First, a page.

Proposed location for the Chinese Circular Electron Positron Collider (CEPC) infrastructure.

The Chinese Academy of Sciences expects to have its Circular Electron Positron collider, a cutting-edge particle collider that could help answer so-far unanswered physics questions, up and running in 2030.

The Circular Electron-Positron Collider (CEPC) is a particle accelerator that will measure 100 kilometers in circumference. The collider, to be built with global collaborators, is to be over 100 meters underground, according to a conceptual design report published last week by the Institute of High Energy Physics of the Chinese Academy of Sciences, the project’s initiator.

The proposed collider will be almost four times greater than the Large Hadron Collider, the world’s most powerful particle accelerator, a 27-kilometer ring of superconducting magnets located beneath the border of Switzerland and France.

The Institute of High Energy Physics (IHEP) under the Chinese Academy of Sciences, released a two-volume report covering the technical details on the major parts of the project, drawing a successful close to the project’s conceptual design stage.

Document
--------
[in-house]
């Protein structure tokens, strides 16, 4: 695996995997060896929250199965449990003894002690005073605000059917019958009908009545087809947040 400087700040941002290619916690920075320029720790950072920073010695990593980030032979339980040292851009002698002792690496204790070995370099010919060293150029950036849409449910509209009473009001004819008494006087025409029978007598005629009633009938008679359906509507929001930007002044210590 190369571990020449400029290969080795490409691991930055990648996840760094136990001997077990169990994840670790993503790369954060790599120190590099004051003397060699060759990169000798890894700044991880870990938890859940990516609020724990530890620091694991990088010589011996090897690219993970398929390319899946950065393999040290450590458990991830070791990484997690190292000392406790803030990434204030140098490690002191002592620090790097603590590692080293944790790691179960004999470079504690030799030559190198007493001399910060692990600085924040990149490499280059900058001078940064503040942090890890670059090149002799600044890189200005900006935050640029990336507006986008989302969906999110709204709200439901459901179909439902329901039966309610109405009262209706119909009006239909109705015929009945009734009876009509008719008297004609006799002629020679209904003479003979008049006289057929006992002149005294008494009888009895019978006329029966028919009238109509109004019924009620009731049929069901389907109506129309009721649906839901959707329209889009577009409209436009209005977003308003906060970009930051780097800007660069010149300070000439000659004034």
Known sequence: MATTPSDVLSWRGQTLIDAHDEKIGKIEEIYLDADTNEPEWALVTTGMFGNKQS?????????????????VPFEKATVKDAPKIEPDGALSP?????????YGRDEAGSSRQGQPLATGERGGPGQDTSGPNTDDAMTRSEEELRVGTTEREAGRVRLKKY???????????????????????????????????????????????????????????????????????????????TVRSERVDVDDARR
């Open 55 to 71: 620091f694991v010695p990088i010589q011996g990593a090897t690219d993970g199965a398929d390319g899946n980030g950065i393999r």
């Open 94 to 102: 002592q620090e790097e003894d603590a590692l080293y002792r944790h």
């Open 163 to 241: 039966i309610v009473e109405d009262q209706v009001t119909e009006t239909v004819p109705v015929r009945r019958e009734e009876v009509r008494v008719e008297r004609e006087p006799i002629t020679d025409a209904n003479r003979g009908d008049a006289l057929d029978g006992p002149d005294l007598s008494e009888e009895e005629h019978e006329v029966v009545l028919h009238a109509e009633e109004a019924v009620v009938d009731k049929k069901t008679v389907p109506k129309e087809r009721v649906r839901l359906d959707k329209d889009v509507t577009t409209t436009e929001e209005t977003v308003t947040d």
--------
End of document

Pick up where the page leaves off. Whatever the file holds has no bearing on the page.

The documents show that the collider will be located near Qinhuangdao City, around 320 kilometers east of Beijing. It would collide electrons with their antimatter partners, called positrons (every particle has an antimatter partner with the same mass and opposite electric charge, among other differences). It would serve to generate “more than one million Higgs particles,” as well as billions of another particle called the Z boson and 15 million pairs of W bosons.

Courtesy of the Institute of High Energy Physics under the Chinese Academy of Sciences
Pictured is a conceptual design for the detector.

Scientists estimated the European collider takes 10 billion collisions to produce a single Higgs boson. However, the CEPC can generate one Higgs boson from every 1,000 collisions.

The project’s cost is estimated at more than 30 billion yuan ($4.3 billion). Prototypes for its key components are expected to be built between 2018 and 2022, and construction is to begin by 2025 if financing and all preparations are in place.

In the planned 10-year operation, the super collider will produce over one million Higgs bosons, one hundred million W bosons and close to one trillion Z bosons.